Due to the lack of formal record labels, Icelandic musicians not working within the mainstream pop framework often need to look abroad for marketing and managerial support. The domestic market doesn’t seem to sustain them. This tendency often leads to a loss of capital derived from the artist as well as knowledge of industry best practices in Iceland. In essence, the specialisation within the domestic music industry becomes degraded. Although FOUND aims to elevate Icelandic musicians to the global level, its operations are sure to affect the current domestic landscape.

“I think that the successful record labels in Iceland, in general, are focusing on the Icelandic market, which forces them to focus on the pop side of things in order to make it work for them,” says Scott. “And I think, since our market is worldwide, we can help find the more unique voices in the Icelandic music scene, which are going to have a bigger ultimate impact,” he continues.

Scott attributes the success of Icelandic superstars like Björk and Ólafur Arnalds to their highly unique and individualised voices. “Their voices were distinct from a particular genre, and they truly did craft something that changed the world. I believe the artists we’re working with have that same potential, and that’s what I’m really looking for,” Scott says, not positive but convinced. “I think this label has the ability to foster and nurture those artists at the smaller level … and hopefully have artists break out more regularly, as opposed to once every decade,” he continues.

“What we’re really looking for is to share as much of the Icelandic culture with the rest of the world.”

Slowing down

Because Icelandic music has displayed its notable effervescence and diversity for multiple decades – at least since the start of the punk and new-wave era, it’s a wonder no entity has already tried to capitalise on this treasure trove. For Scott, it’s about time, place and the overall atmosphere within the scene. He notes increased cross-semination and collaboration between artists. “If I was going to credit one thing for what has stirred everything up – in my mind it’s post-dreifing. The scale of what post-dreifing has accomplished in such a short amount of time is really amplifying that excitement and I think that’s infectious across the entire Icelandic music scene.”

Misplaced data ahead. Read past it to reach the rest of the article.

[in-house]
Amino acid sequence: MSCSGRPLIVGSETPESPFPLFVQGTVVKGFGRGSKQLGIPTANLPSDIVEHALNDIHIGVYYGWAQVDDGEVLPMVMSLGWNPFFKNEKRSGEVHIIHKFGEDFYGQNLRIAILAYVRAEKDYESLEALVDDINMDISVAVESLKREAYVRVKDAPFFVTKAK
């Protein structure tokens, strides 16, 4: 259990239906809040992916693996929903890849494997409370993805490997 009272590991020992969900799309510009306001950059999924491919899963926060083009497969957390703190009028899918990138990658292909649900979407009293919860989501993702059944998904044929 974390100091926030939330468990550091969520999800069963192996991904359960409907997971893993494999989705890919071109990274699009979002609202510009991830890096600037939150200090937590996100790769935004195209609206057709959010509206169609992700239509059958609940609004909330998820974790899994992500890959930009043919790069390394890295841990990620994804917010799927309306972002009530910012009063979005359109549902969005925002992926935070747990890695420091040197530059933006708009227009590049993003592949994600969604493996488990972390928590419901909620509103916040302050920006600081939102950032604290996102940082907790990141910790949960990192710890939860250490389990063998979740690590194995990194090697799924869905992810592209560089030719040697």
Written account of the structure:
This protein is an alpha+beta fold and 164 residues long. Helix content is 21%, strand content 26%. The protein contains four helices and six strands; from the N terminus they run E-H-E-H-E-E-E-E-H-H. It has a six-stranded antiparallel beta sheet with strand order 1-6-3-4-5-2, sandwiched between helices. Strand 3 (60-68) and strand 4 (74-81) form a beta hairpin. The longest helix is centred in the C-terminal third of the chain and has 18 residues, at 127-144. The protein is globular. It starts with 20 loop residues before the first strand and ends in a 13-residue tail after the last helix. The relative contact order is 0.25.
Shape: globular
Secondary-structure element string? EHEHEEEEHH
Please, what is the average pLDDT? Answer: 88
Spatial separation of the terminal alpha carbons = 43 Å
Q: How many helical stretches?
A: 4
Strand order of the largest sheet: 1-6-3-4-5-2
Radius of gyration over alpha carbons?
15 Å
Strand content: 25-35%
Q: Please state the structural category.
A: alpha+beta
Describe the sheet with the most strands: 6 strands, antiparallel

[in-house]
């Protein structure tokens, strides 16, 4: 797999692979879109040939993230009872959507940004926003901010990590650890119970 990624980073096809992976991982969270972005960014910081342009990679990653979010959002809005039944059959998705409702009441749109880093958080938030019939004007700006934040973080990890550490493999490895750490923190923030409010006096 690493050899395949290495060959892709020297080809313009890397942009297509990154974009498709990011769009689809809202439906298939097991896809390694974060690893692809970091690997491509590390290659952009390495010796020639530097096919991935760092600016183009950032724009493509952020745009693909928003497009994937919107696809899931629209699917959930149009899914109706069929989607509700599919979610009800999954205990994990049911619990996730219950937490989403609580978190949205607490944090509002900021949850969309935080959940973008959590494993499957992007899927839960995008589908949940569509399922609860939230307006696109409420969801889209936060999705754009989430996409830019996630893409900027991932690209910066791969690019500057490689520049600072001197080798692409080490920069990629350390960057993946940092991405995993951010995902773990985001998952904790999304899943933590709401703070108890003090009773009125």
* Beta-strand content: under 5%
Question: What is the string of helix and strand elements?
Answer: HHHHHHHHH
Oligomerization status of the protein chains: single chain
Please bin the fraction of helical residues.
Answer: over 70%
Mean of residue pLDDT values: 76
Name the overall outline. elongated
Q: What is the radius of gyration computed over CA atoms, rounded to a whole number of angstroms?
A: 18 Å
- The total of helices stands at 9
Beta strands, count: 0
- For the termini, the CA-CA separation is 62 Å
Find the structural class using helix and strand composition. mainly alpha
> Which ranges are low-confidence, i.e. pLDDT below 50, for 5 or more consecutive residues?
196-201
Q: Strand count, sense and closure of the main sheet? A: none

In terms of the practical aspect, Scott aims to be in this project in the long run, developing the artists and building relationships. He looks to the record labels of yore where artist development was an investment and not a liability – slowing things down in a sense. “The main thing you have to do is be patient, be pure to the artist’s vision and make sure that they reach the audience that truly resonates with them.

In Scott’s view, the advent of FOUND will not lead to further loss of Icelandic talent out of the country as the label aims to utilise the available domestic resources. “We’re just a little bit different than everybody else,” Scott responds to these concerns. “We’re not based in Iceland and we’re not completely outward facing. We are a blend, based in America but focused on working with local industry professionals – shooting music videos with Anna Maggý for example or recording albums in Icelandic studios. What we’re really looking for is to share as much of the Icelandic culture with the rest of the world,” he says.

While Icelandic artists will still probably coagulate into loose collectives to release their recordings, FOUND introduces an exciting new dimension into the otherwise stagnant Icelandic music industry.